13. Upon our examination of the record before us, we note that in anumber of instances the defendant contends that certain matters disclosedby the evidence are "facts" supporting his claims. It is apparent that anumber of these claims involved issues of credibility and were resolvedagainst him. Nothing, of course, "`is more elementary than that the trieris the final judge of the credibility of witnesses and of the weight to beaccorded their testimony.'" Wildwood Associates, Ltd. v. Esposito, supra,211 Conn. 45. "We will not intrude upon this province unless thefacts found are legally and logically inconsistent with the trial court'sconclusion." Id.

14. This deed refers to "a stone wall," "the wall," "a corner of walls,""along the wall" and "along a wall." We follow counsel, who at trial,treated this parcel as being enclosed by a stone wall in its entiretyinsofar as the description in this deed is concerned. We will dispose ofthe case on the theory on which is was tried and on which the trial courtdecided it. Borzencki v. Estate of Stakum, 195 Conn. 368, 375,489 A.2d 341 (1985); Crozier v. Zaboori,14 Conn. App. 457, 463, 541 A.2d 531(1988).

15. There was in evidence before the attorney trial referee as anexhibit and in the record before this court a video of the plaintiff as hetraverses the boundary line involved in this case. A viewing of it isilluminating as to the condition and claimed location of the stone wall inquestion, barbed wire, barways, location of trees allegedly cut by thedefendant as well as stones allegedly moved by the defendant. The video isparticularly helpful in actually portraying the remnants of the stone wallreferred to in the ambiguous deed as well as its proximity to the barbedwire fences referred to in the evidence.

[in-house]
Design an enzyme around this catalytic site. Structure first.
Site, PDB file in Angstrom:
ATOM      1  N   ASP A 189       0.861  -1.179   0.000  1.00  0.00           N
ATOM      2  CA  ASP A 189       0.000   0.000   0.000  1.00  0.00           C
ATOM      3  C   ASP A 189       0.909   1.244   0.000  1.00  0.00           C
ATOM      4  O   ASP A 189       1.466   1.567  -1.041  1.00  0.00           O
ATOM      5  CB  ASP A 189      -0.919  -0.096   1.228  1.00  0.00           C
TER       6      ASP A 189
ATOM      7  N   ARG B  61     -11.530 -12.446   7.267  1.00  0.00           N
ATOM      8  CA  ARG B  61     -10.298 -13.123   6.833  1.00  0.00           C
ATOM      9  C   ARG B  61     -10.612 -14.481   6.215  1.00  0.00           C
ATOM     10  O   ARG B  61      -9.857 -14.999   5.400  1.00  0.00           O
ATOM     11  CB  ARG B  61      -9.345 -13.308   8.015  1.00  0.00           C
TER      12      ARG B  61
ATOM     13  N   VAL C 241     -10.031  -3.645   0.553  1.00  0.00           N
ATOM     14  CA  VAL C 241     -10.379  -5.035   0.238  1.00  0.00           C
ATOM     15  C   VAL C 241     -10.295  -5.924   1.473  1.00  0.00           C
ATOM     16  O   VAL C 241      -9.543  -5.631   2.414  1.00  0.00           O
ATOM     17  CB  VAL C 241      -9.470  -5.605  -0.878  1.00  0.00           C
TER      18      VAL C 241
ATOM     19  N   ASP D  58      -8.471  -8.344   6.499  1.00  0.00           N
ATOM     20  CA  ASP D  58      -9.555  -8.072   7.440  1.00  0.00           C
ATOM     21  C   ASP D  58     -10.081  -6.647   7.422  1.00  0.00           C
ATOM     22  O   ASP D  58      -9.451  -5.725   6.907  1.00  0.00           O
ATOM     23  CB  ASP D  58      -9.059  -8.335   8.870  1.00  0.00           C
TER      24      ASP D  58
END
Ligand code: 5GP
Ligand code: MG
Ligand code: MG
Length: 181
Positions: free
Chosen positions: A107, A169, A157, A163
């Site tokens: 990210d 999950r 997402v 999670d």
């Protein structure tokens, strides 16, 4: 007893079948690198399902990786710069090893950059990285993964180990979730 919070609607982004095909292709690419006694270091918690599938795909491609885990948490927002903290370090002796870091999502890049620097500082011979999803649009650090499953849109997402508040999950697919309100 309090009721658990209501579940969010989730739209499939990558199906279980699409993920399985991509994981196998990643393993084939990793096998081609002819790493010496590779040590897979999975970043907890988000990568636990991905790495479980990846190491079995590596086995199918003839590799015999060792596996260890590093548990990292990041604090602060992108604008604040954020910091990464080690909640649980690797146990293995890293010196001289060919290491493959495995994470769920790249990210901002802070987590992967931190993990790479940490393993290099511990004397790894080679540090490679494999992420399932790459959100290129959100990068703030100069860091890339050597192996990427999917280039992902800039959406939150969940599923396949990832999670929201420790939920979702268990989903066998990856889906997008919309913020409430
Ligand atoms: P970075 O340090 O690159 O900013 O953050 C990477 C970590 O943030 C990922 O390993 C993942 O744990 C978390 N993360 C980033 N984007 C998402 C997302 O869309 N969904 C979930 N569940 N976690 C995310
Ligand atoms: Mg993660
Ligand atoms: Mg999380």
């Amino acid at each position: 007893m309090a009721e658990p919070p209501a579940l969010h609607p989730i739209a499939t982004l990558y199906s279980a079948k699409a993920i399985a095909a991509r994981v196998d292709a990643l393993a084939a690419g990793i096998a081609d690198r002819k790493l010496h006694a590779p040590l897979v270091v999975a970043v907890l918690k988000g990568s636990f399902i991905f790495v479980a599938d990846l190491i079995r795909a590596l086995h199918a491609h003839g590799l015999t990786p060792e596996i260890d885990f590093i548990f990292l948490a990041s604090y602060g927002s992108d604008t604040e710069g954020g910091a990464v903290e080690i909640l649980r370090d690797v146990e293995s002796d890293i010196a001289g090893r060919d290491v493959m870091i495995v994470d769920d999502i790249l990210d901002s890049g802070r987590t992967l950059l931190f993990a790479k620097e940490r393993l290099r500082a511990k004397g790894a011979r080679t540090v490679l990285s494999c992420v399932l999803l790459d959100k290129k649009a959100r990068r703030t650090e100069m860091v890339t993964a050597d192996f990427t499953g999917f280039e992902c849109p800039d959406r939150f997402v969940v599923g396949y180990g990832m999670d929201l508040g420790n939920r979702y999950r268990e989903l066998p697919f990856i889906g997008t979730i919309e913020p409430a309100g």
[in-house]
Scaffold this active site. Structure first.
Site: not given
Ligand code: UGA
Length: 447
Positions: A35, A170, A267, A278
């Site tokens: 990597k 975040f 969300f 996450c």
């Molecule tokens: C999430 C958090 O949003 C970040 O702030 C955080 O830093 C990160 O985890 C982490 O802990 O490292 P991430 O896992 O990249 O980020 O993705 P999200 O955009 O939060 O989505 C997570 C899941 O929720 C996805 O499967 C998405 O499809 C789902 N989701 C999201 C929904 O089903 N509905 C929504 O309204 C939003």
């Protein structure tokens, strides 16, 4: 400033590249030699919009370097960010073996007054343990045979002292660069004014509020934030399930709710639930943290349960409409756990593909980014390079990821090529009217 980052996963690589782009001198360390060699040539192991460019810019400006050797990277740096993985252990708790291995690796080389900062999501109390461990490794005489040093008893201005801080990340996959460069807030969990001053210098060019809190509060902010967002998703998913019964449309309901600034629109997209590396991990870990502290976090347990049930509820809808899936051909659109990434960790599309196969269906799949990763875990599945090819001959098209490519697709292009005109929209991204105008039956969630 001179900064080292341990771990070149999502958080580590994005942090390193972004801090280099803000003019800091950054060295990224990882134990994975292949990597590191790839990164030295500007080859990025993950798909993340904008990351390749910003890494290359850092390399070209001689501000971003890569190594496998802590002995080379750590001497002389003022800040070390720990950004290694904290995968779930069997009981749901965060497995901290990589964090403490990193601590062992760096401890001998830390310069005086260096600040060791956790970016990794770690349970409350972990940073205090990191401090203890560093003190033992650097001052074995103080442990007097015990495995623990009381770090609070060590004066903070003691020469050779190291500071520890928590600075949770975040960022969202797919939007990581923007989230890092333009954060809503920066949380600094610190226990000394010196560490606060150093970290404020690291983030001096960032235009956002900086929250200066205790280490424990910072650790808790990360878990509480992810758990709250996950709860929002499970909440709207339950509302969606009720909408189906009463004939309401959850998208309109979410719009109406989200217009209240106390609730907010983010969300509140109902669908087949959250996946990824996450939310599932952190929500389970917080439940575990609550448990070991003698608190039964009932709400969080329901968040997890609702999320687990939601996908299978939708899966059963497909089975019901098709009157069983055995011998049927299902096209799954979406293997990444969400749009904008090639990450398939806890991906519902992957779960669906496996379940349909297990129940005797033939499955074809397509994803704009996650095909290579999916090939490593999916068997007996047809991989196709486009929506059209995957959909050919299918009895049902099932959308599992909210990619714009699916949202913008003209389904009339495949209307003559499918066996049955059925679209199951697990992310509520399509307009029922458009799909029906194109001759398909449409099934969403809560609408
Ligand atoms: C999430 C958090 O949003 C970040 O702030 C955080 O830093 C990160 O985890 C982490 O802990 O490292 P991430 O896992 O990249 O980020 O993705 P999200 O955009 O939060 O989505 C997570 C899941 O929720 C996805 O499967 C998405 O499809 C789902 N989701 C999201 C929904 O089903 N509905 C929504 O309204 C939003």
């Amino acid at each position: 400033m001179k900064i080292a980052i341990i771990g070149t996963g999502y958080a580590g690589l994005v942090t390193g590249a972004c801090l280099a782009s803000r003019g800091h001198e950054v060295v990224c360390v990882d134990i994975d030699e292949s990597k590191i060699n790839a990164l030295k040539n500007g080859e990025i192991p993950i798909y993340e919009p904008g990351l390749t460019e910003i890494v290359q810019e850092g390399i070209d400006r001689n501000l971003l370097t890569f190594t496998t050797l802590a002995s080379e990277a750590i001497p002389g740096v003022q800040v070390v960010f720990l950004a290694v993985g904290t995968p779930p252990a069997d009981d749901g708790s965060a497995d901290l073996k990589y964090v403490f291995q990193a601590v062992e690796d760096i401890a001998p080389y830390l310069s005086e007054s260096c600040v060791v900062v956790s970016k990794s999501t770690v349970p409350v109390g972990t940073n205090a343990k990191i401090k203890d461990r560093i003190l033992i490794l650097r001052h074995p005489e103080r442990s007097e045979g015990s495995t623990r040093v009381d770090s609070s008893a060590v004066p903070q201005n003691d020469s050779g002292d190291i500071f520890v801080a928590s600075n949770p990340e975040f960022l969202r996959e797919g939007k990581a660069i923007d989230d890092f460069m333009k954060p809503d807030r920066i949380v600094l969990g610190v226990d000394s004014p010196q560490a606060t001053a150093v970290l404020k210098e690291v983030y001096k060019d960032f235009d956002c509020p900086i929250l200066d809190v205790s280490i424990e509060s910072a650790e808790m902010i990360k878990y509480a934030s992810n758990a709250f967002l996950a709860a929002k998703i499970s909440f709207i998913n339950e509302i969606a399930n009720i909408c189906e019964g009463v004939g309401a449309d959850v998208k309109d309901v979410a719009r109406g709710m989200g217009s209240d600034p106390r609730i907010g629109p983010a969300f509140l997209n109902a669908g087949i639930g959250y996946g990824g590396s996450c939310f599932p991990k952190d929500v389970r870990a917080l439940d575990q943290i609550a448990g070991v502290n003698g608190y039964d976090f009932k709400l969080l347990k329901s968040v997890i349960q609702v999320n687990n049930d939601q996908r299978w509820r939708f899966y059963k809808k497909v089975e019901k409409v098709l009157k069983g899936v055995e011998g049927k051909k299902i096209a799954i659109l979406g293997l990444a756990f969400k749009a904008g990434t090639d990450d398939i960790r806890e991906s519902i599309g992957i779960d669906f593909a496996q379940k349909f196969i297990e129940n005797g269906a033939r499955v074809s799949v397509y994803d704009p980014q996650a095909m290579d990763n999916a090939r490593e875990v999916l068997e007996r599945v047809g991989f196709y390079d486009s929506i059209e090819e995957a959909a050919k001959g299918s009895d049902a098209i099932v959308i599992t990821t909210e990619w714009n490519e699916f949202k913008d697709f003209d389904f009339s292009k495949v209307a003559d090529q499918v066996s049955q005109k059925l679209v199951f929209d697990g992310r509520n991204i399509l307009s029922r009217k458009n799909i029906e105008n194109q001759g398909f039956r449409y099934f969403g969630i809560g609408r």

16. Kurt G. Koennicke is deceased but his deposition was read at thetrial.

17. Richard Koennicke died over twenty years ago.

18. Elizabeth died sometime prior to June 1980.

19. "`In addressing a challenge to the facts found by the trial refereeand adopted by the trial court, this court's function is to determinewhether those findings were clearly erroneous. Practice Book § 4061.Because the resolution of conflicting factual claims falls within theprovince of the trial court, we can reverse the judgment only if thefindings are clearly erroneous.'" Stamford v. Kovac, supra,36 Conn. App. 274-75.

20. Actually, this finding as made by the attorney trial referee wasthat "the defendant removed stones plaintiff placed to mark the boundaryline."

21. The video in evidence of the stone wall and the wire fence isparticularly helpful. It shows a stone wall for some of the length of theboundary line with several barways in that portion of the wall stillextant. The remaining portion of the wall, the plaintiff states, "might becharacterized as a `remnant.'" The defendant has referred to what is saidto be the stone wall as "fragmentary monumentation." In any event, on allthe evidence, Filip's analysis together with the supporting evidencealready set out shows that Filip's placement of the boundary line wasproperly found by the attorney trial referee and the trial court to havebeen proven. No matter what the condition of the stone wall or how much ofit is no longer physically extant, it is clear that the plaintiff neverbuilt any part of it.

22. In addition to these findings in her report, the attorney trialreferee, in her memorandum of decision, points out that "there is nothingin evidence which lends credence to the possibility that [the defendant]unequivocally thought the land was his." (Emphasis added.)

23. The attorney trial referee's memorandum of decision states: "Sincedefendant continued to enter the disputed portion despite plaintiff'sattempts to keep him out directly and through counsel, defendant's conductis a violation of C.G.S. Section 53a-107." The trial court renderedjudgment "as to count 3 that a trespass has been committed by the defendant. . . ."

24. General Statutes § 53a-26 entitled "Misdemeanor: Definition,classification, designation," provides in relevant part: "(a) An offensefor which a person may be sentenced to a term of imprisonment of not morethan one year is a misdemeanor. "(b) Misdemeanors are classified for the purposes of sentence asfollows: (1) Class A, (2) class B, (3) class C and (4)unclassified. . . ."